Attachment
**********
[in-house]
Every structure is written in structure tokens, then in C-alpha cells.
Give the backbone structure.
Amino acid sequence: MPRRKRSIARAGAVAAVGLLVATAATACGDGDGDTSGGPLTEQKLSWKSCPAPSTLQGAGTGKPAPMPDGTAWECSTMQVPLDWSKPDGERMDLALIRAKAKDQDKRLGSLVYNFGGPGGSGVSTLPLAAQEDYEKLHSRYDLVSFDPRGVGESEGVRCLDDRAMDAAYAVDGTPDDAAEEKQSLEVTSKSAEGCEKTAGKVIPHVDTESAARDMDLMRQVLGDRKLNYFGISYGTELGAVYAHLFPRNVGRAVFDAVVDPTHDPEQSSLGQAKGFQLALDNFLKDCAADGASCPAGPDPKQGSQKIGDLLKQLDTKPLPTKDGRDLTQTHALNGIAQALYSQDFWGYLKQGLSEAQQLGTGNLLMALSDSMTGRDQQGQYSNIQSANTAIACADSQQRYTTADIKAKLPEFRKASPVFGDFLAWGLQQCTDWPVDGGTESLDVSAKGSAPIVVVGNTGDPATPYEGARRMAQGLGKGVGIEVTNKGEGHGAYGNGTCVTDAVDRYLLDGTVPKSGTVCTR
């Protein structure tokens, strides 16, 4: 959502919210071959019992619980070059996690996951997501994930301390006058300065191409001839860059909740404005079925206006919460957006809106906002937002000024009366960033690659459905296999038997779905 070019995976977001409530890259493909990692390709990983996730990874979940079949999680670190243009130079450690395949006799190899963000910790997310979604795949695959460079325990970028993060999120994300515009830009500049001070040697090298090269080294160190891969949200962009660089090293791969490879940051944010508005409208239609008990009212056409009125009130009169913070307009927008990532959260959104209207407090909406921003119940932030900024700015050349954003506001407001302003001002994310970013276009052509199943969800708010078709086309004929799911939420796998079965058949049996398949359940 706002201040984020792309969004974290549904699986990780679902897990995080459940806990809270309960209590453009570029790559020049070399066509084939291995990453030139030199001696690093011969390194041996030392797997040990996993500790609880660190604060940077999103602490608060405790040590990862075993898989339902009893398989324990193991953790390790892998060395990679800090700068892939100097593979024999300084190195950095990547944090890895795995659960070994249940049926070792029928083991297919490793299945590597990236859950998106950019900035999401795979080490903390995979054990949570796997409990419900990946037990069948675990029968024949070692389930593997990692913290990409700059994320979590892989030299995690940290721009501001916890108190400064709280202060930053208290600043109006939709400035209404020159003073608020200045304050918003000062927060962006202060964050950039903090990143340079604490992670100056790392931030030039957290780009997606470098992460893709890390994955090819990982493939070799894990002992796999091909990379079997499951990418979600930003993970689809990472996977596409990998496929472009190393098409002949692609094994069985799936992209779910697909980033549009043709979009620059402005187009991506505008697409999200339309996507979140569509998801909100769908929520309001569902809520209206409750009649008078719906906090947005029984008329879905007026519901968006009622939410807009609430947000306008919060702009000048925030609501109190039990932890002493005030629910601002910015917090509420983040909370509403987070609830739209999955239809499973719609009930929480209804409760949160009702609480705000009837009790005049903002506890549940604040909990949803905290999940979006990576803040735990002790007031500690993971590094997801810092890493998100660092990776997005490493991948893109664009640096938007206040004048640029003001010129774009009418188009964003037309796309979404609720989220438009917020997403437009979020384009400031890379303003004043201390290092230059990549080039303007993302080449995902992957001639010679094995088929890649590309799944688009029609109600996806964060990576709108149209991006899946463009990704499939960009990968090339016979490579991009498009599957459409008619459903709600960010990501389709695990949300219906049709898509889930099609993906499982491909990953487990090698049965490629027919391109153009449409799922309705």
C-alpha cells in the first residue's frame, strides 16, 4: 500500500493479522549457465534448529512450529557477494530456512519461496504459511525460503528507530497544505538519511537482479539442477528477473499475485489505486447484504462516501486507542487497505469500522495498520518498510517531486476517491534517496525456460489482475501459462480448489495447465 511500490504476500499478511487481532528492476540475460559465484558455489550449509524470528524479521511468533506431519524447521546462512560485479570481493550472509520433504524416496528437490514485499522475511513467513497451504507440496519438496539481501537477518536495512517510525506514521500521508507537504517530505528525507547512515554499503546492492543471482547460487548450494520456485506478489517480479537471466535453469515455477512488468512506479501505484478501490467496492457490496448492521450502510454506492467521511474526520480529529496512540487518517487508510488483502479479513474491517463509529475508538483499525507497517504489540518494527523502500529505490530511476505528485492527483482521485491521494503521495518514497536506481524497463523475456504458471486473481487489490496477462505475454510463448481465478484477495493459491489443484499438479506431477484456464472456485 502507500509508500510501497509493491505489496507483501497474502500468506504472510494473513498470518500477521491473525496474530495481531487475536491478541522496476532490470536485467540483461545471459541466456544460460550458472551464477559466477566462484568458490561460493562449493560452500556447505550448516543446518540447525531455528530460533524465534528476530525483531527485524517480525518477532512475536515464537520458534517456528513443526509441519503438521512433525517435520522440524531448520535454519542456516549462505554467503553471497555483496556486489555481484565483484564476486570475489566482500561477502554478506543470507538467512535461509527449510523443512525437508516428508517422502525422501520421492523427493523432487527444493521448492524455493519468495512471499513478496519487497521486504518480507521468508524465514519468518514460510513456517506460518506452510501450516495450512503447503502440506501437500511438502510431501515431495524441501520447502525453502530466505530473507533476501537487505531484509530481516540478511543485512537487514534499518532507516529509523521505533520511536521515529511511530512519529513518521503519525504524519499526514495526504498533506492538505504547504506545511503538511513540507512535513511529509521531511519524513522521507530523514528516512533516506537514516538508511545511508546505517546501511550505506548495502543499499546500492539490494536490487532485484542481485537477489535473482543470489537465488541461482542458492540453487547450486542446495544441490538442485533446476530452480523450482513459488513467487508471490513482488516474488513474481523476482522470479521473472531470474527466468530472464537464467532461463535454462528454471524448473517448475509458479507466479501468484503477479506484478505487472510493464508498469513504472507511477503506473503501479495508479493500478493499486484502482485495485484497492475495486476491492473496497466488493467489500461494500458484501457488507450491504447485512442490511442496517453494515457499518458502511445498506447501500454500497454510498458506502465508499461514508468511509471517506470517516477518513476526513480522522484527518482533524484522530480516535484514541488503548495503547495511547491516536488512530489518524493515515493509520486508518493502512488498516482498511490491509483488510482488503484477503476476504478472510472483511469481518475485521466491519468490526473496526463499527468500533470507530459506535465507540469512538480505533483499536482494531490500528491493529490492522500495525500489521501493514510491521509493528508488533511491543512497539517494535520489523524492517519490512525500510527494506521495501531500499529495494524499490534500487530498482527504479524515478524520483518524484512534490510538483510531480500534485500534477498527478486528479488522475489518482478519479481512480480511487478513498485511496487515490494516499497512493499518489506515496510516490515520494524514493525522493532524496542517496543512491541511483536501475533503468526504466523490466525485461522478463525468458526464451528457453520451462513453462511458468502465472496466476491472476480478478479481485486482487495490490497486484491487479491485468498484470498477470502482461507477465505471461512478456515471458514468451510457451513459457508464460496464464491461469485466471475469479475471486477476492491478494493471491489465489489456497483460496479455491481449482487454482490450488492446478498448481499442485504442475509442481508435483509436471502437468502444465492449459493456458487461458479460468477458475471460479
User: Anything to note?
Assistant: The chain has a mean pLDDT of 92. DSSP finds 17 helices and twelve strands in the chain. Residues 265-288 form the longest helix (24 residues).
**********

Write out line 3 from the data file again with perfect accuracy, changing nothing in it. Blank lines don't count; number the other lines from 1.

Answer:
Give the backbone structure.